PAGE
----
Google Translate recently celebrated 10 years of existence. There’s no dispute that its accuracy has increased as it’s gone from supporting a handful of languages to more than 103, but how accurate is Google Translate today? Can you rely on the results when communicating with someone in a foreign language?
Neural Machine Translation: Google’s Latest Translation Technology
Google Translate and other types of translation software have come a long way in fluency by translating whole sentences at a time rather than translating piece by piece. This is important because the meaning of words can change depending on the context. With a broader context, Google Translate can determine the most relevant translation. From there, it actually rearranges and adjusts the translation to sound more like a fluent speaker using Google’s new Neural Machine Translation.
Announced in 2016, this update produces smoother translated paragraphs and articles based on a computer system that learns over time. Right now, Neural Machine Translation is in place for eight language pairs representing more than one-third of the world’s population and over one-third of Google Translate queries.
The new technology is so accurate, in fact, that researchers called the results “unsettling” in an interview with MIT Technology Review.
If you’re using Google Translate to translate to or from English and Spanish, French, German, or other languages that now use Neural Machine Translation, you can expect better translation results than before.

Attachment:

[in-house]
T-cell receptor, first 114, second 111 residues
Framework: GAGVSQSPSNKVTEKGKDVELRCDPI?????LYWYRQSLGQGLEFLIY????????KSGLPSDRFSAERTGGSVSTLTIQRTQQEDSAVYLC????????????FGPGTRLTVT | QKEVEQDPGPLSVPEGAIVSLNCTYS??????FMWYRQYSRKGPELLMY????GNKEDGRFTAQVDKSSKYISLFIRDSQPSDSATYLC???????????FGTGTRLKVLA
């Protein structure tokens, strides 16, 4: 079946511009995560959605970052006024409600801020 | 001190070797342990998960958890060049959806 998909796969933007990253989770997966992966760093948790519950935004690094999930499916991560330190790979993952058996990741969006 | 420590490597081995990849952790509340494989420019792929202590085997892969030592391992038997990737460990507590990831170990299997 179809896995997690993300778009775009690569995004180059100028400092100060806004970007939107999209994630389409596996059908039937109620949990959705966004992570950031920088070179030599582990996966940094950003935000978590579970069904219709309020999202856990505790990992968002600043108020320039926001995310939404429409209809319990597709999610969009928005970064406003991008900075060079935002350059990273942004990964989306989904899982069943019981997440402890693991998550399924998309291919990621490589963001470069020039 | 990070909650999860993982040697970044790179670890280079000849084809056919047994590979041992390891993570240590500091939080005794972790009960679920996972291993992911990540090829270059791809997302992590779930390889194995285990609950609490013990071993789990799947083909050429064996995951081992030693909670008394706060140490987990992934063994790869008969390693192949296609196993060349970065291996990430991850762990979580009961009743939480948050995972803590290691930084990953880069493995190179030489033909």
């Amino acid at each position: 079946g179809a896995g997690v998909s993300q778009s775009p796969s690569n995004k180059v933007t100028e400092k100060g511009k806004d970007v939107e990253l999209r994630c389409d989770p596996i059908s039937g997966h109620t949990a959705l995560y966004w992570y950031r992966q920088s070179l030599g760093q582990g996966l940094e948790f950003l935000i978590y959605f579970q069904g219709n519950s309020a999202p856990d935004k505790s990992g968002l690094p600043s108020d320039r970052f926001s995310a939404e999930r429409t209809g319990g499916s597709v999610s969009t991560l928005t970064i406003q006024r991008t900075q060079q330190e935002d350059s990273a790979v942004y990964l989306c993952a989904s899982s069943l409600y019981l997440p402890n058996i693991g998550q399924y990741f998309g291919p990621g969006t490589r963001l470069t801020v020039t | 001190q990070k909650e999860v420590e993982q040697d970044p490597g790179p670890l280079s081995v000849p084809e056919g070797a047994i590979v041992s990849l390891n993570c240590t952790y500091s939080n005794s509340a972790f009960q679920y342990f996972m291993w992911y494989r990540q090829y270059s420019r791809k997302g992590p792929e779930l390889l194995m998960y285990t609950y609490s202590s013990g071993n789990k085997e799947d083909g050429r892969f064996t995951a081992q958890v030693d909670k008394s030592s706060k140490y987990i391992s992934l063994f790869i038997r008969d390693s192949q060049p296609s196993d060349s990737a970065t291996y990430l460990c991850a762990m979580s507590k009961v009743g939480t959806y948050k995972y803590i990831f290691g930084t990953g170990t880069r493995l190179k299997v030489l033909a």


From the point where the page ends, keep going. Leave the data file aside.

Where Google Translate Misses
As with any translation tool, there are still plenty of areas where mistakes will be made. For example, the tool still doesn’t have common sense so it can mistranslate a sentence like, “The glass will not fit in the box because it’s too big.” In this case, the tool doesn’t understand which “it” is too big. This can be a problem in languages like Swedish in which nouns have two articles: “en” and “ett.” Swedish requires that adjectives and definitive articles to agree with the noun, so “big” can be “stor” for an en word, “stort” for an ett word, or “stora” for a plural noun. Glass is an ett word (ett glas) but box is an en word (en låda). Google Translate may believe the box is the “it” that is too big and mistranslate “it” and “big.”
Another smaller issue you may run into is the words Translate suggests aren’t commonly used or they don’t quite capture the same meaning. Words may be considered synonyms and used interchangeably by Google Translate, but they certainly don’t have the same meaning. For example, “intoxicated” is a synonym for “happy” or “thrilled,” but it also has another meaning and it may not be the right word in the context of your sentence.
The best way to use Google Translate and get an accurate answer is to use simple sentences free of complex structure. Review your sentence before you hit the translate button. Have you used any slang? Did you use correct grammar and sentence structure? Are there any words or sections that may be unclear, such as the example above with the glass? It also helps to have at least some familiarity with the other language to spot obvious problems you can correct yourself or tweak in your original sentence to improve your results.